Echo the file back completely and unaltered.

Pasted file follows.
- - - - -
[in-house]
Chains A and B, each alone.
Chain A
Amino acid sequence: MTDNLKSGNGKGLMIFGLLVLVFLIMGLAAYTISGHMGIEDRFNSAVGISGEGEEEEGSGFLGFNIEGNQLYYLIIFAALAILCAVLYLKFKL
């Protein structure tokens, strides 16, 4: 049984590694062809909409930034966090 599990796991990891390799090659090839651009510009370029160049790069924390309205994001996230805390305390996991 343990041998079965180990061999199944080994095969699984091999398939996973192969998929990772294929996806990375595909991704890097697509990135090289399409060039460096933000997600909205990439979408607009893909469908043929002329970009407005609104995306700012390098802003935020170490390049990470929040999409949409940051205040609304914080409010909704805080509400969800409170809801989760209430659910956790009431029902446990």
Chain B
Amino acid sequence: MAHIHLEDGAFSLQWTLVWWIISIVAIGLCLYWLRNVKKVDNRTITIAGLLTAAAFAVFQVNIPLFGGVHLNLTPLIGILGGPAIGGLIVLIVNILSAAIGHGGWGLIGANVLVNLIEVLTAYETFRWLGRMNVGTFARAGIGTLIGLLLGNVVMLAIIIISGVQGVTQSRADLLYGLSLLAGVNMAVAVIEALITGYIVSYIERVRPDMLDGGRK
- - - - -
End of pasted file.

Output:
[in-house]
Chains A and B, each alone.
Chain A
Amino acid sequence: MTDNLKSGNGKGLMIFGLLVLVFLIMGLAAYTISGHMGIEDRFNSAVGISGEGEEEEGSGFLGFNIEGNQLYYLIIFAALAILCAVLYLKFKL
């Protein structure tokens, strides 16, 4: 049984590694062809909409930034966090 599990796991990891390799090659090839651009510009370029160049790069924390309205994001996230805390305390996991 343990041998079965180990061999199944080994095969699984091999398939996973192969998929990772294929996806990375595909991704890097697509990135090289399409060039460096933000997600909205990439979408607009893909469908043929002329970009407005609104995306700012390098802003935020170490390049990470929040999409949409940051205040609304914080409010909704805080509400969800409170809801989760209430659910956790009431029902446990």
Chain B
Amino acid sequence: MAHIHLEDGAFSLQWTLVWWIISIVAIGLCLYWLRNVKKVDNRTITIAGLLTAAAFAVFQVNIPLFGGVHLNLTPLIGILGGPAIGGLIVLIVNILSAAIGHGGWGLIGANVLVNLIEVLTAYETFRWLGRMNVGTFARAGIGTLIGLLLGNVVMLAIIIISGVQGVTQSRADLLYGLSLLAGVNMAVAVIEALITGYIVSYIERVRPDMLDGGRK